Data Mining 2017-08-07T08:39:44-05:00

Data Mining

Funded by: 

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Research Group

Research Overview

The main purpose of data mining subproject is to explore hidden and non-trivial relationships between quantitative spectroscopy data (LIBS, FTIR, etc) and qualitative properties of biomedical, biochemical or geophysical specimens.

Research questions our group tries to address include:

1) What is the most suitable method for feature selection (selecting spectral regions the most useful for data representation) and feature extraction (generating novel representing attributes based on linear or nonlinear transformations performed on spectroscopy data)?

We are trying to determine to which extent feature selection techniques developed in other domains (e.g., analysis of hyperspectral remote sensing data or microarray data analysis) may be suitable for the spectroscopy domain. Also, we are striving to determine the optimal number of principal components to represent the data in linear feature selection, as well as to evaluate usefulness and availability of non-linear manifold-based techniques.

2) What is the best classification model that can provide association between measured spectroscopy data and discrete specimen class (e.g., “yes” and “no cancer”, type of protein) or continuous characterization of the specimen (e.g., percentage of compounds in mixture)?

Here we explore capability of various state-of-the art classification models (e.g., neural networks, support vector machines, adaptive local hyperplanes) and regression techniques and evaluate their predictive capability using cross-validation technique on data unseen during the training phase.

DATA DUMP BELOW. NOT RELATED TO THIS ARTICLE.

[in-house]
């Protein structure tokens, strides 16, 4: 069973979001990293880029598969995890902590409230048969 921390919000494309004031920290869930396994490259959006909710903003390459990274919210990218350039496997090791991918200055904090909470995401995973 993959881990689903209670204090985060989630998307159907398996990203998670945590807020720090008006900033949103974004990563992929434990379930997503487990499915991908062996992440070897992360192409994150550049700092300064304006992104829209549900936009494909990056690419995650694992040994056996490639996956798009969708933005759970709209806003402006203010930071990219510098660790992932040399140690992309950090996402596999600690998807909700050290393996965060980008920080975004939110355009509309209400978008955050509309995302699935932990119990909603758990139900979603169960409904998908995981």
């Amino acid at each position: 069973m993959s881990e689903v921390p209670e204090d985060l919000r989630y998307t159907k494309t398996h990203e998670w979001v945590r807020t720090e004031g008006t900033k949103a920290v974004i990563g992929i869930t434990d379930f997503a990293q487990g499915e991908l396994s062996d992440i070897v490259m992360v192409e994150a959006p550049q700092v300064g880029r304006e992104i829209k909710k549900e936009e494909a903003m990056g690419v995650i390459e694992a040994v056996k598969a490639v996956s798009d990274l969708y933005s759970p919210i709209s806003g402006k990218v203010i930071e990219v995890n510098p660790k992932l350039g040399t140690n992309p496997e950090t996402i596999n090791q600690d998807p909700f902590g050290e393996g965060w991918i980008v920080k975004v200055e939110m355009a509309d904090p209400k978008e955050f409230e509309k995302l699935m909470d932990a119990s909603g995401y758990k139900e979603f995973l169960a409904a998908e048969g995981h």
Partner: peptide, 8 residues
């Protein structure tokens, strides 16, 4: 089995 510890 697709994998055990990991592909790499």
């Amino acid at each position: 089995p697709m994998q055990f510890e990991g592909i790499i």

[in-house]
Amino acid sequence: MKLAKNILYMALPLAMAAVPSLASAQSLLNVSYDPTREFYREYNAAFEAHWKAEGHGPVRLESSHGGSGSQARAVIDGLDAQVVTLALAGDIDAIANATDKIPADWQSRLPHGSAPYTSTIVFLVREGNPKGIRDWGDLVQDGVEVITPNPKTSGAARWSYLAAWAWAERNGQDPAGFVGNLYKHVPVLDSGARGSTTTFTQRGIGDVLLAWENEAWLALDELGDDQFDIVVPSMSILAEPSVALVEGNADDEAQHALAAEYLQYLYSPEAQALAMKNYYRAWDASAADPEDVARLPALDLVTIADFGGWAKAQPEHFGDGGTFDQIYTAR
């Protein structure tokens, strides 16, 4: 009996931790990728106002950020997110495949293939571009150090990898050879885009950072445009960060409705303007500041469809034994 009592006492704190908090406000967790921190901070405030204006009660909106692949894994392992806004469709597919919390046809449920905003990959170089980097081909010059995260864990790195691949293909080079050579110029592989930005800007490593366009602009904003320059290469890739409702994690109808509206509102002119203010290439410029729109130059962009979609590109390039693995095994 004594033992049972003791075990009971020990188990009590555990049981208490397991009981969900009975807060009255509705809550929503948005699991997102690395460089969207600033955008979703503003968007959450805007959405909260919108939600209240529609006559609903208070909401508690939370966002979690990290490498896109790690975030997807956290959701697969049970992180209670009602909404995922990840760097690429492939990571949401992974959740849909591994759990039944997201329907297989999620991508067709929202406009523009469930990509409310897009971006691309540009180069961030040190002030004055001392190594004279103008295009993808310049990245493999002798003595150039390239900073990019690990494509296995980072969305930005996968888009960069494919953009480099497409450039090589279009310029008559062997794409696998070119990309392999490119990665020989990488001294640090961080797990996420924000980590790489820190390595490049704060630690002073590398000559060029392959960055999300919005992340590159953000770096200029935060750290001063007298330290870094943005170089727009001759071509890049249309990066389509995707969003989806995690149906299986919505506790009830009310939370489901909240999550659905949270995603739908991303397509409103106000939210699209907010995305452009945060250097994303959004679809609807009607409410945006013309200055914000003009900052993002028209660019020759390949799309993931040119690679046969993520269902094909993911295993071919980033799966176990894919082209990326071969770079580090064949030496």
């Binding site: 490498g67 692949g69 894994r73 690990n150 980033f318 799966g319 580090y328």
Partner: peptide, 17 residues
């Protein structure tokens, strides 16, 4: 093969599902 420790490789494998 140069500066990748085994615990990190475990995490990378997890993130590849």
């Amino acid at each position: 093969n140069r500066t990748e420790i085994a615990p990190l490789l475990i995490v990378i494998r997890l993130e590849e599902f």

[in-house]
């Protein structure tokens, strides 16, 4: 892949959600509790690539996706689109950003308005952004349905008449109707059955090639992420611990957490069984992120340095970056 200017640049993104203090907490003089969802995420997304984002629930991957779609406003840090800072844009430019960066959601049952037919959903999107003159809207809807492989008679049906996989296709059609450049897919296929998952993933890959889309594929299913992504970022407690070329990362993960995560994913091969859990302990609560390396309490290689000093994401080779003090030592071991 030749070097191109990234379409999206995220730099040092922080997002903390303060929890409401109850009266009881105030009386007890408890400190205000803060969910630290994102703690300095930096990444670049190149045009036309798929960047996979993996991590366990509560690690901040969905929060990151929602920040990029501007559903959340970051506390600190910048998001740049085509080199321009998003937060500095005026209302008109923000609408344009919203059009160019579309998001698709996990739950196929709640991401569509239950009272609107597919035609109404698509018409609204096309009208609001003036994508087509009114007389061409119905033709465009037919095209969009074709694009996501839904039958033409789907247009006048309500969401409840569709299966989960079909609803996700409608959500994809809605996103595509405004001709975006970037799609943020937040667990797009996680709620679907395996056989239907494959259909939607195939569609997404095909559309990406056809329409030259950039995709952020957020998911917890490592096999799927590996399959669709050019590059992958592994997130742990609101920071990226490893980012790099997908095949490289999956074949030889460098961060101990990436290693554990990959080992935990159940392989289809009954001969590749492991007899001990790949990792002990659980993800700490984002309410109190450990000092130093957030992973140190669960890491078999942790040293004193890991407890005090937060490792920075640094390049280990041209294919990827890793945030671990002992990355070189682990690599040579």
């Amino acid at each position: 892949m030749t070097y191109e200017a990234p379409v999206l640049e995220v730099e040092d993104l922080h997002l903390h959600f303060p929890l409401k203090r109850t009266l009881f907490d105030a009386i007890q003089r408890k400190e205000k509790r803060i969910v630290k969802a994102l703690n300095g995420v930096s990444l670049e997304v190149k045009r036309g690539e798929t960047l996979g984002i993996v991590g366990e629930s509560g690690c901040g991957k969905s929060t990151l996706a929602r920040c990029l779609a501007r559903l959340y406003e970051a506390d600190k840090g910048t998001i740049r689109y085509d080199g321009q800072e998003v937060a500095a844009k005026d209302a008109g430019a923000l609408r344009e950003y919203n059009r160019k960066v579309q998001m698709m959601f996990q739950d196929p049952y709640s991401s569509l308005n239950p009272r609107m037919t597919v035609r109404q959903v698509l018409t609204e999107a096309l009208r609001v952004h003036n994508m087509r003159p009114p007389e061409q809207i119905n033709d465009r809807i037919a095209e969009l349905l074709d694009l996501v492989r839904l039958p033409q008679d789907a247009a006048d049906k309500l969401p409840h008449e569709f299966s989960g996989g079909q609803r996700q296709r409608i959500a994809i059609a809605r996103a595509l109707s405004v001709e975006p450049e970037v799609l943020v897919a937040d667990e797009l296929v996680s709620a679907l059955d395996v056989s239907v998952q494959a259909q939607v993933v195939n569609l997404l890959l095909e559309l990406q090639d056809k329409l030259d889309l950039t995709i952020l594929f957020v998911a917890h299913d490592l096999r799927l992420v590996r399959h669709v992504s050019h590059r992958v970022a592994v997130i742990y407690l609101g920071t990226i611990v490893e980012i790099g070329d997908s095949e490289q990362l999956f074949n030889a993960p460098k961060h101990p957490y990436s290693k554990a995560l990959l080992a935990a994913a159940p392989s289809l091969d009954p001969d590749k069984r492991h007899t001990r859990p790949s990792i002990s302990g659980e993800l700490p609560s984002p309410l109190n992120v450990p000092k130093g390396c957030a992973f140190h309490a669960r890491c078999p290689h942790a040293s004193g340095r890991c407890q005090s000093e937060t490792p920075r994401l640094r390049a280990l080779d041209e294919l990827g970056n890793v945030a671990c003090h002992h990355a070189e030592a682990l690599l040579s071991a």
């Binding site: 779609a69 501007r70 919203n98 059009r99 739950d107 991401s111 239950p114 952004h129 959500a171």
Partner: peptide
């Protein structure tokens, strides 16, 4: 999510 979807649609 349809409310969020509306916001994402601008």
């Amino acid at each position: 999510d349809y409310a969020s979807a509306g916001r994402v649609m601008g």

3)Can we distinguish between different categories of specimen or data based solely on spectroscopy data, and not using prior knowledge such as class label?

We utilize unsupervised clustering techniques (e.g., DBSCAN, OPTICS, k-means) to determine groups of self-similar data and evaluate the usefulness of such modeling for better understanding of physical and chemical properties of data.

3)Can we develop real-time techniques that can identify unusual spectroscopy data for future consideration and examination?

We have developed incremental outlier detection algorithms with capability of determining irregularities in data streams.

4) Can we reduce effects of imperfect measurement equipment, drift in intensity of spectral lines, heteroscedasticity, etc?

We investigate applicability of advanced statistical techniques including Kalman filters, particle filters, cepstrum analysis, etc.

Classification accuracy of LIBS protein data vs. number of principal component used for different machine learning algorithms.

Classification accuracy of LIBS protein data vs. number of principal component used for different machine learning algorithms.

For More Information & List of Research Publications

Dragoljub Pokrajac, PhD
Dragoljub Pokrajac, PhD
Professor

☎️ (302) 857-6808

✉️ dpokrajac@desu.edu